The basic architecture of the ATM/SONET FRAMER is shown in FIG. 1. The component represented as seen in the FIG. 1 are the network connections at location 100, the UUT (ATM Data Processor) at location 101, the Framer at 102, the ATM Clock Domain at location 103, the SONET Clock Domain at location 104.

FIG. 1, shows the implementation of transmit model, located at 105, which is implemented as a set of sixteen, per-port UTOPIA Tx FIFOs whose depth is settable by a generic parameter on the model, and a set of sixteen “virtual” network queues of infinite depth.

A UTOPIA Tx Level-2/3 physical bus interface process implements the utopia slave protocol and supports cell-level handshake and data transfer. Each cell received from the UTOPIA Master Tx, location at 106, interface on the ATM UUT is written into the appropriate per-port UTOPIA Tx FIFO in the framer. The cell is then read out of the UTOPIA Tx FIFO (into the corresponding “virtual” network queue) based on a SONET framer process which follows the SONET overhead and SONET payload envelope (SPE) structure as shown in FIG. 2. There is one framer process per UTOPIA port. Each framer process can be configured independent of the others. Since multiple framers in a real system will power-up at random times, each framer process uses a built-in random delay between zero ns and one row time before starting to generate the virtual OC-Nc frames.

These framer processes constitute the core of the transmit model. Each process is synchronous to the SONET byte clock (which is programmable via the line rate parameter), and maintains a count of the cells received into the corresponding UTOPIA Tx FIFO. The process mimics the SONET frame structure by maintaining a running count of the overhead bytes received for a row, the count of data bytes received for the cell, and the count of rows within the fixed 125 micro-second frame length. When the running count of data bytes received for a cell equals 53 the number of bytes in an ATM cell) the cell count in the UTOPIA Tx FIFO is decremented.

Since, the SONET frames length is independent of the SONET data rate and fixed at 125 micro-seconds, the parameters such as the number of bytes in a row and the number of bytes in SONET payload envelope can be modified by programming different values of the line rate, and/or the percentage of data bytes in a row. These values may be set from a test case via a procedure call to the framer model.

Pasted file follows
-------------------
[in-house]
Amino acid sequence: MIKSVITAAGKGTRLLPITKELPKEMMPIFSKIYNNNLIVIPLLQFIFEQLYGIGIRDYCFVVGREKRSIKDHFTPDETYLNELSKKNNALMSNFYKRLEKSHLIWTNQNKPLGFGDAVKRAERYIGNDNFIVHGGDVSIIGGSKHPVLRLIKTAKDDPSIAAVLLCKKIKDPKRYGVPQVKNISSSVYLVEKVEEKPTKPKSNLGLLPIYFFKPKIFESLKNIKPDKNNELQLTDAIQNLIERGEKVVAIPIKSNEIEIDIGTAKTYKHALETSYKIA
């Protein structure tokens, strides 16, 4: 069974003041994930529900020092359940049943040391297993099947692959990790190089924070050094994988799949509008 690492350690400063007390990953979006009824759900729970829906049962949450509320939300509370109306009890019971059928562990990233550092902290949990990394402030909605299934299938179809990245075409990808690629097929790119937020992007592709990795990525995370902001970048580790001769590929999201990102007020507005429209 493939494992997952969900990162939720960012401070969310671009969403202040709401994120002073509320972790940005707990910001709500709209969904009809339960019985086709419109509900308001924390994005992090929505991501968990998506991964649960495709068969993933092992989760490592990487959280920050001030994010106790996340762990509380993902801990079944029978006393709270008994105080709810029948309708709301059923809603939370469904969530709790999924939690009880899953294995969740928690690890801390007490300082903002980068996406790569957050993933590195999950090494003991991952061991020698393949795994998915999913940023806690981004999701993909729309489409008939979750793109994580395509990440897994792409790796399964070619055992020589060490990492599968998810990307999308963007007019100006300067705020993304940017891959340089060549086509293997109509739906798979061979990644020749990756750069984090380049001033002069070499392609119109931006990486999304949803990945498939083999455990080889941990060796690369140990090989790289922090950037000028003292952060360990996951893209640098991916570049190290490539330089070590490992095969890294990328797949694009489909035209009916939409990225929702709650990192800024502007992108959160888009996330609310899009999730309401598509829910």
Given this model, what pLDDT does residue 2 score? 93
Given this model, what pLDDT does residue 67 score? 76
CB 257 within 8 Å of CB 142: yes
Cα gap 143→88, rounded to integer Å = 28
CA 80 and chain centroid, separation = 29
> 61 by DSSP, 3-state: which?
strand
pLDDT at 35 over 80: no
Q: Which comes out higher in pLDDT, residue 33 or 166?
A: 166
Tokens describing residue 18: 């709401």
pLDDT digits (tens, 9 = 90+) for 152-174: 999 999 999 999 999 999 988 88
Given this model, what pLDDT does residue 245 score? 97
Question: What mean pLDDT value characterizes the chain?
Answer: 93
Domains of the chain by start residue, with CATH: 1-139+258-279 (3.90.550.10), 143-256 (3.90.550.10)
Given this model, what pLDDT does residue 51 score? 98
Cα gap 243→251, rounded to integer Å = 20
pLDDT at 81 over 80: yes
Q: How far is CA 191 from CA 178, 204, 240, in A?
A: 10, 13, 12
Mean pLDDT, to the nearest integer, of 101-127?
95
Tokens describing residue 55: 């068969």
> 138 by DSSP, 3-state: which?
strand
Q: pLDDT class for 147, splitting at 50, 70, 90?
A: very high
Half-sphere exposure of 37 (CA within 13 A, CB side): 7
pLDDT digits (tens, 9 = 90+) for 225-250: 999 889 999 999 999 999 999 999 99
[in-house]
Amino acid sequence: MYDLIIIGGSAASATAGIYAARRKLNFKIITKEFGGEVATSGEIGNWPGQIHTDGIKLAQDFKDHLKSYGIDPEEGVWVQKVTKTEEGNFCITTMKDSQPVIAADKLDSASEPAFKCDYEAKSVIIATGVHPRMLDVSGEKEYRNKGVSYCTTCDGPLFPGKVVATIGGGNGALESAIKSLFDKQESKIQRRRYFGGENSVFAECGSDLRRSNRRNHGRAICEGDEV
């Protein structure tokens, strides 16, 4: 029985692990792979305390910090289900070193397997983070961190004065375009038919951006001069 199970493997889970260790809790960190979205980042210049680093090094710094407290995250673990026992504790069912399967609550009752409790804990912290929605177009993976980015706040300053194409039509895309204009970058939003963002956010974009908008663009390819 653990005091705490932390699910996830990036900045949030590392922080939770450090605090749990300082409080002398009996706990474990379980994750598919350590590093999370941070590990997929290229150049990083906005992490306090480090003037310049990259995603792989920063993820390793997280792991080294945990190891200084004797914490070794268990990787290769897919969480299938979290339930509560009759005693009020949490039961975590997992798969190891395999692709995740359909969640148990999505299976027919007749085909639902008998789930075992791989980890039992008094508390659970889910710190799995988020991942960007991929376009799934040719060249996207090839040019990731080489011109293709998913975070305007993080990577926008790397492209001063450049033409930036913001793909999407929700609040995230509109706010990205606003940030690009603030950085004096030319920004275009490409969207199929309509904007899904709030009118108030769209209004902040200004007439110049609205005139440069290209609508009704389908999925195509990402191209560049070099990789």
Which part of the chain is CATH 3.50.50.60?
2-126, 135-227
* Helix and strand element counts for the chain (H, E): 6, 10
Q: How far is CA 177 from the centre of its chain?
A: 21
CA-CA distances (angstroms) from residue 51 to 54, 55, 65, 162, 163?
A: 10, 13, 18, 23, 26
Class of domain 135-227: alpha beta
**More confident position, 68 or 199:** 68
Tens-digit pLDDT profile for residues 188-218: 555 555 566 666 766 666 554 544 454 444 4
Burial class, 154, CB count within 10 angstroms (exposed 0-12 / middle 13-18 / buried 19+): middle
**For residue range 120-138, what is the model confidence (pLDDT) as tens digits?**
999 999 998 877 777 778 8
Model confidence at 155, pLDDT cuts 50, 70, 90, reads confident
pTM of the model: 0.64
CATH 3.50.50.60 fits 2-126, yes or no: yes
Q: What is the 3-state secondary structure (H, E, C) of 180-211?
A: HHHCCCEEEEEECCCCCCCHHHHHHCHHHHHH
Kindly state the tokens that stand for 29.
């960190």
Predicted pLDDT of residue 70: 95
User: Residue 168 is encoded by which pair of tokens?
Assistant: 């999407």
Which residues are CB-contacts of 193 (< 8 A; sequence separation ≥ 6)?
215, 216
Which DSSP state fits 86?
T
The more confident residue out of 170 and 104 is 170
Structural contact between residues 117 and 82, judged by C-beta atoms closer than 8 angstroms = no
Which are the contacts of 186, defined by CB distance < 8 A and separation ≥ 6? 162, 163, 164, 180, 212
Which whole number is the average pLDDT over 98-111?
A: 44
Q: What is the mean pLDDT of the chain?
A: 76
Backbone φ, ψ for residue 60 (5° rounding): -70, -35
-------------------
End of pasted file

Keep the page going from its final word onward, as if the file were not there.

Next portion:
Many vendors' framers provide programmability In FIFO status update during Write and Read. A cell is generally not transmitted until the complete cell has been written into the Tx FIFO. The programmability feature allows the cell count to be Incremented before the entire cell Is physically transferred. This is specified in terms of number of words transferred across the UTOPIA interface. The model supports this programmability via a generic. Similarly, the cell count is decremented when a complete cell from Tx FIFO Is Inserted Into the SONET frame. The cell count can be decremented at a programmable byte count into the ATM cell structure. This feature is also supported via a different generic. Two additional generics have been included in the model to mimic the synchronization delay between ATM and SONET clock domains. These two generics represent the latency associated with propagation and registration of FIFO status (cell count) update across the ATM/SONET domain boundary in each direction.

This model can be programmed to handle UTOPIA Level-2/3 via a generic. Each port can be programmed to emulate a particular SONET line rate (0 to 2488.32 Mbps).

Framer Receive Model

Features

    • Extract ATM cells from the received OC-Nc frame format.
    • Strip idle cells
    • Purge enqueued cells
    • Provide interface setup and hold time checks Provide performance check on the line side
    • Generate error messages if UTOPIA Rx FIFO overrun or underrun during performance check
    • Programmable Rx FIFO depth and threshold
    • Latency associated with clock domain synchronization
    • Programmable SONET rate.
      Description

As shown in FIG. 1, the SONET receive model is implemented as two logical sets of sixteen, per-port FIFOs. The sixteen network FIFOs are infinitely deep. The depth of UTOPIA Rx FIFOs defaults to a value of four cells, and can be modified via a procedure call.

ATM cells are enqueued to the receive model via a procedure call from a test case, and are placed in the appropriate per-port network FIFO. The cell is then read out of the network FIFO and written into the corresponding UTOPIA Rx FIFO based on a framer process which mimics the SONET overhead and payload envelope structure. There is one framer process for each port, and each framer process can be configured independently of the others. A UTOPIA Rx Level-2/3 physical bus interface process implements the slave protocol and supports cell-level handshake and forwards the cells from UTOPIA Rx FIFO to the UUT.

The framer processes are synchronous to the SONET byte clock, which is programmable via the line rate, and maintains a count of data bytes (versus overhead bytes) in a cell, and a count which represents the number of rows in a 125 micro-seconds SONET frame. On the simulation start-up, these processes delay a random amount of time (between 0 ns and one row time) before starting to emulate extraction of ATM cells from the SONET frame structure in order to mimic the random start of different framers.

A cell is received into the UTOPIA Rx FIFO and cell count incremented when the count of data bytes in a cell extracted from the SONET frame equals a generic parameter. The default value of this parameter is set to 53. Similarly, when the count of words in a cell which have been transferred across the UTOPIA Rx bus equals another generic, the count of cells in the UTOPIA Rx FIFO is decremented. The synchronization delay between ATM and SONET clock domains, observed in real framer implementations, is modeled by two additional generics. These two generics represent the latency associated with propagation and registration of FIFO status (cell count) update across the ATM/SONET domain boundary in each direction.